Of course it is possible to exploit another VM running on the same hardware, given a working exploit. Additionally, one can exist.
The exploits that are used in this context are naturally different from ones that function when you’re running on the same machine you are trying to exploit a service on, and they tend to be quite a bit harder due to the increased isolation. However, some general approaches that can be used to accomplish such an exploit include:
- Attack the hypervisor. If you can get a sufficiently privileged shell on the hypervisor given a VM, you can gain control over any VM on the system. The way to approach this is to look for data flows that exist from the VM into the hypervisor, and are highly hypervisor-dependant; things like paravirtualized drivers, clipboard sharing, display output, and network traffic tend to create Web this type of channel. For instance, a malicious call to a paravirtualized network device might lead to arbitrary code execution in the hypervisor context responsible for passing that traffic to the physical NIC driver.
- Attack the hardware on the host. Many devices allow for firmware updates, and if it happens to be possible to access the mechanism for that from a VM, you could upload new firmware that favours your intentions. For instance, if you are permitted to update the firmware on the NIC, you could cause it to duplicate traffic bound for one MAC address Security (the victim’s), but with another destination MAC address (yours). For this reason many hypervisors filter such commands where possible; ESXi filters CPU microcode updates when they originate from a VM.
- Attack the host’s architecture. The attack you cited, essentially yet another timing-based key disclosure attack, does this: it exploits the caching mechanism’s impact on operation timing to discern the data being used by the victim VM in its operations. At the core of virtualization is the sharing of components; where a component is shared, the possibility of a side channel exists. To the extent that another VM on the same host is able to influence the behaviour of the hardware while running in the victim VM’s context, the victim VM is controlled by the è attacker. The referenced attack makes use of the VM’s ability to control the behaviour of the CPU cache (essentially shared universal state) so that the victim’s memory access times more accurately reveal the data it is accessing; wherever shared global state exists, the possibility of a disclosure exists also. To step into the hypothetical to give examples, imagine an attack which massages ESXi’s VMFS and makes parts of virtual volumes reference the same physical in disk addresses, wholesale jerseys or an attack which makes a memory ballooning system believe some memory can be shared when in fact it should be private (this is very similar to how use-after-free or double-allocation exploits work). Consider a hypothetical CPU MSR (model-specific register) which the hypervisor ignores but allows access to; this could cheap nfl jerseys be used to pass data between VMs, breaking wholesale nba jerseys the isolation the hypervisor is supposed to provide. Consider also the possibility that compression is used so that duplicate components of virtual disks are stored only once – a (very difficult) side channel might exist in some configurations where an attacker can discern the contents of other virtual disks by writing to its own and observing what the hypervisor does. Of course a hypervisor is supposed to guard against this and the hypothetical examples would be critical security bugs, but sometimes these things slip through.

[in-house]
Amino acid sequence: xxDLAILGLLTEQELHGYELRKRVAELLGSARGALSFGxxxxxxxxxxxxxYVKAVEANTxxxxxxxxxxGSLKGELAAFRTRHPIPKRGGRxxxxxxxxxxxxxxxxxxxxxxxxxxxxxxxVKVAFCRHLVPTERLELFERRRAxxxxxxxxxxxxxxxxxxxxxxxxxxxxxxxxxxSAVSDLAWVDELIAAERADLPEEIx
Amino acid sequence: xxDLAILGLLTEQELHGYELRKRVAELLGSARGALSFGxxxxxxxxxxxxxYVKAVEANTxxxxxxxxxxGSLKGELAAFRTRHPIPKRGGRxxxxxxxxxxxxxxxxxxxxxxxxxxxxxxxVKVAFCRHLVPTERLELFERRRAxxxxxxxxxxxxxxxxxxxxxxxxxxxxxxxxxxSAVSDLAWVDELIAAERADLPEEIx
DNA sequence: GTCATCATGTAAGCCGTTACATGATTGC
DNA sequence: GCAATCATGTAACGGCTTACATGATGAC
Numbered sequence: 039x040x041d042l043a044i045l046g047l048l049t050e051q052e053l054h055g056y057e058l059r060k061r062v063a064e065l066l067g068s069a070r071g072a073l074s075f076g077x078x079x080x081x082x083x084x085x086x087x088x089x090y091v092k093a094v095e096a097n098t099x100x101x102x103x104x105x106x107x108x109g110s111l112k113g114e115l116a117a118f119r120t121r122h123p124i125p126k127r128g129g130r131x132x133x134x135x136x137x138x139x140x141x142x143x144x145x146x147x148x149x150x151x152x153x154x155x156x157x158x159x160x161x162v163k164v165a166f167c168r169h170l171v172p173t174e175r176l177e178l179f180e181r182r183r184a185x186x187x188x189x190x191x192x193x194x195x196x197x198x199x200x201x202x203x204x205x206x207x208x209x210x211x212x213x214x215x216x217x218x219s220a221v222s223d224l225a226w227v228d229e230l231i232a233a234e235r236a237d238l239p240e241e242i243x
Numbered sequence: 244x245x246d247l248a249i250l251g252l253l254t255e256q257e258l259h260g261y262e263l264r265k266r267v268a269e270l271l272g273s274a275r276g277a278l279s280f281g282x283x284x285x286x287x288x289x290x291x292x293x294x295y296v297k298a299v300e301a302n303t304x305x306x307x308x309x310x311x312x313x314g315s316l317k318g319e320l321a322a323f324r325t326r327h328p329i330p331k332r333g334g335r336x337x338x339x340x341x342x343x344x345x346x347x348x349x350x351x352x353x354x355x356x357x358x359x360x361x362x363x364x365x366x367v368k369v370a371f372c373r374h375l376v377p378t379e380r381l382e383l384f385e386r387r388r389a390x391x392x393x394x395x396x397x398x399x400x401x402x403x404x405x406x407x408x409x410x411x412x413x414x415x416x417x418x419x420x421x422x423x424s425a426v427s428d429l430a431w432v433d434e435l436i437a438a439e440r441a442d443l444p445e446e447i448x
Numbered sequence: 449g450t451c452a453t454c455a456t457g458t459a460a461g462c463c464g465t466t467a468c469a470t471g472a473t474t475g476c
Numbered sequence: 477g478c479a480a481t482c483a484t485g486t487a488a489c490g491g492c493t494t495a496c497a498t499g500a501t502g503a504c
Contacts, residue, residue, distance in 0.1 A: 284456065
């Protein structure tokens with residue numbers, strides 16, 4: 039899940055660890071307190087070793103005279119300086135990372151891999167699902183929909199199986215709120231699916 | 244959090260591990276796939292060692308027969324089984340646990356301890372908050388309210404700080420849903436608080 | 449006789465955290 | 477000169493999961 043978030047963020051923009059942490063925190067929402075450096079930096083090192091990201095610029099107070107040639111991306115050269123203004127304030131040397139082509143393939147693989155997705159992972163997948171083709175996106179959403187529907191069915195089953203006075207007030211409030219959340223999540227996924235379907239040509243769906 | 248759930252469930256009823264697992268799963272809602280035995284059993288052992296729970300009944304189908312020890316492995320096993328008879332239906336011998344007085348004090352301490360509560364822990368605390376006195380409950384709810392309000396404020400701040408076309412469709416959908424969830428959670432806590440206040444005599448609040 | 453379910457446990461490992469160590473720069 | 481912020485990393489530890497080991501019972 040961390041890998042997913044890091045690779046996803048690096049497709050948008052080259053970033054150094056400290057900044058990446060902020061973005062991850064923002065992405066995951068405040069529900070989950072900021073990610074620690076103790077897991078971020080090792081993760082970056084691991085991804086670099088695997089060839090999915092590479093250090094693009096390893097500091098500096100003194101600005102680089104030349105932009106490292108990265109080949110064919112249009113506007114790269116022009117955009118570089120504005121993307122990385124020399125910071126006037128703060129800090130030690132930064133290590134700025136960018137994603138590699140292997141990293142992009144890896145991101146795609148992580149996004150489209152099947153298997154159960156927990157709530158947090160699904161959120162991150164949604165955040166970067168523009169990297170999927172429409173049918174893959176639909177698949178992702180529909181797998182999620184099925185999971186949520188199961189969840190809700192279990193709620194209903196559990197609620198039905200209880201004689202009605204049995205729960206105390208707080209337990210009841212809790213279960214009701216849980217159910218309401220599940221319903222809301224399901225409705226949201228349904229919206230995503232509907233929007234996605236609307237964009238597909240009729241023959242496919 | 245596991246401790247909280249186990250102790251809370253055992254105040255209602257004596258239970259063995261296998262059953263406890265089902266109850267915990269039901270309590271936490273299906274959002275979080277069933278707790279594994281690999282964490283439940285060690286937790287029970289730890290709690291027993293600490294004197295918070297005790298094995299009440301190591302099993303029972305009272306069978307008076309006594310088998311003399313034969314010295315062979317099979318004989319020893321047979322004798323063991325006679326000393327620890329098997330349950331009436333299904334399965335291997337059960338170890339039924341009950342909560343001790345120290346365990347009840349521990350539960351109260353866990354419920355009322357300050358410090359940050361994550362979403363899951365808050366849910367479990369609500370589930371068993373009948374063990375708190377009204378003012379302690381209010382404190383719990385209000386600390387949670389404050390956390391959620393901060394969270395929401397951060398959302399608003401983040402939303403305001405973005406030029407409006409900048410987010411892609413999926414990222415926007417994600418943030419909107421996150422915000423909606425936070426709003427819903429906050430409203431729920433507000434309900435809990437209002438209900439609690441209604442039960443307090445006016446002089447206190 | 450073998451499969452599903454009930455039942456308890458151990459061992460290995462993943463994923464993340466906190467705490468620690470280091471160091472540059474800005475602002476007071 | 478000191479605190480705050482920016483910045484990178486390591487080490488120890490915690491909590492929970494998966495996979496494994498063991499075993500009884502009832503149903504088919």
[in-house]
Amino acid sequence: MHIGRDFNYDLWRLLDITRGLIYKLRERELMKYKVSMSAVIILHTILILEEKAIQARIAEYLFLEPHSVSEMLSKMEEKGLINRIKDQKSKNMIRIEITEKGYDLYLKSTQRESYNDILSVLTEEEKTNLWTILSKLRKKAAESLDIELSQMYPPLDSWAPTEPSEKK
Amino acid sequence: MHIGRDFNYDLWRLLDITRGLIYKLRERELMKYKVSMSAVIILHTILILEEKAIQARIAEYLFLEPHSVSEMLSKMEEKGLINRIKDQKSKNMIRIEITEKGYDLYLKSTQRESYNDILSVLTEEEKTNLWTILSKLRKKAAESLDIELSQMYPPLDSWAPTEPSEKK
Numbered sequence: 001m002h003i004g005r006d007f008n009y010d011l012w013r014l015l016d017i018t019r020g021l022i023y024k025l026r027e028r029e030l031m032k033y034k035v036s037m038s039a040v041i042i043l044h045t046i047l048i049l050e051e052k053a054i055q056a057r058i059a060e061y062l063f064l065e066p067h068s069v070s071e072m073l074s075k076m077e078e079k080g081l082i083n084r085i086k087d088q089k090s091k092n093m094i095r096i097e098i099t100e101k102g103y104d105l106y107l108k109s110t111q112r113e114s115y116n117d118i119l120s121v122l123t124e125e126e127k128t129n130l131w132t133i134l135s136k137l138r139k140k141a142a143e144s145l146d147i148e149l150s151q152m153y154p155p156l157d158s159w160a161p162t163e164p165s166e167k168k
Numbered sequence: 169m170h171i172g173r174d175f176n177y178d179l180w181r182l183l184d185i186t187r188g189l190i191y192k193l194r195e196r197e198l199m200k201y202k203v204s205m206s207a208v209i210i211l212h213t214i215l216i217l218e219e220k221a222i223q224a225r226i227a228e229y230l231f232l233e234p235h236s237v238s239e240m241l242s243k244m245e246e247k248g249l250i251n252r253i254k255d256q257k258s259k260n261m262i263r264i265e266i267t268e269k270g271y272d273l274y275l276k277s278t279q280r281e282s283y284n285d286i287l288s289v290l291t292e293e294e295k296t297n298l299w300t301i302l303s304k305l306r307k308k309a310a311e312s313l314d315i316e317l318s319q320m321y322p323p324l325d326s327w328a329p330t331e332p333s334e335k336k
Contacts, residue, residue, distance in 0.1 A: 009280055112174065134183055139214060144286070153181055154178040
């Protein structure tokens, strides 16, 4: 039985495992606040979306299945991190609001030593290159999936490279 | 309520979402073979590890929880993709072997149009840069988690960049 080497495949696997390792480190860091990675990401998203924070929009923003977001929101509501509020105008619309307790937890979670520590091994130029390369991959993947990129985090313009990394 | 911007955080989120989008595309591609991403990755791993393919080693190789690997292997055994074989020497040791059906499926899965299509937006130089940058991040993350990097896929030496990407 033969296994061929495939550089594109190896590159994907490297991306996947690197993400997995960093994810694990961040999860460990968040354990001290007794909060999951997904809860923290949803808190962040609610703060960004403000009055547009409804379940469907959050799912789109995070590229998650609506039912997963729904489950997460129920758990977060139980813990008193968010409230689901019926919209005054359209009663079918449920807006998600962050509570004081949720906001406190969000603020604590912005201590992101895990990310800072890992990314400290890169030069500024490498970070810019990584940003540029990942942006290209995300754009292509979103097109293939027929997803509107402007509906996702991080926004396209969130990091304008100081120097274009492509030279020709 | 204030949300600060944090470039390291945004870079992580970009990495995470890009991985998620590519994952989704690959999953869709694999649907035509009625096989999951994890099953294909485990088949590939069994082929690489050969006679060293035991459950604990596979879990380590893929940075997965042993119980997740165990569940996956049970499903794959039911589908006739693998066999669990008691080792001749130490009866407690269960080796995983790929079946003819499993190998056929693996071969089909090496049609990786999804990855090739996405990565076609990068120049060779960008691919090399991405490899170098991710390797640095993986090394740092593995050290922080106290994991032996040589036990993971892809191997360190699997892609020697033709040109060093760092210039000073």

- Attack the other VM directly. If you have a proximal host to wholesale mlb jerseys the victim VM, you may be able to take advantage of relaxed access control or intentional inter-VM communication depending on how the host is configured and what assumptions are made when deploying access control. This is only slightly relevant, but it does bear mention.
Specific attacks will arise and be patched as time goes on, so it isn’t ever valid to classify some particular mechanism as being exploitable, exploitable only in lab conditions, or Unit unexploitable. As you can see, the attacks tend to be involved and difficult, but which ones are feasible at a particular time is something that changes rapidly, and you need to be prepared.
That said, the vectors I’ve mentioned above (with the possible exception of the last one in certain cases of it) simply don’t exist in bare-metal environments. So yes, given that security is about protecting against the exploits you don’t know about and that aren’t in the wild as well as the ones which have Fox2Now been publicly disclosed, you may gain a little security by running in bare metal or at least in an environment where the hypervisor doesn’t host VMs for all and sundry.
In general, an effective strategy for secure application programming would be to assume that a computer has other processes running on it that might be attacker-controlled or malicious and use exploit-aware programming techniques, even if you think you are otherwise assuring no such process exists in your VM. However, particularly with the first two categories, remember that he who touches the hardware first wins.
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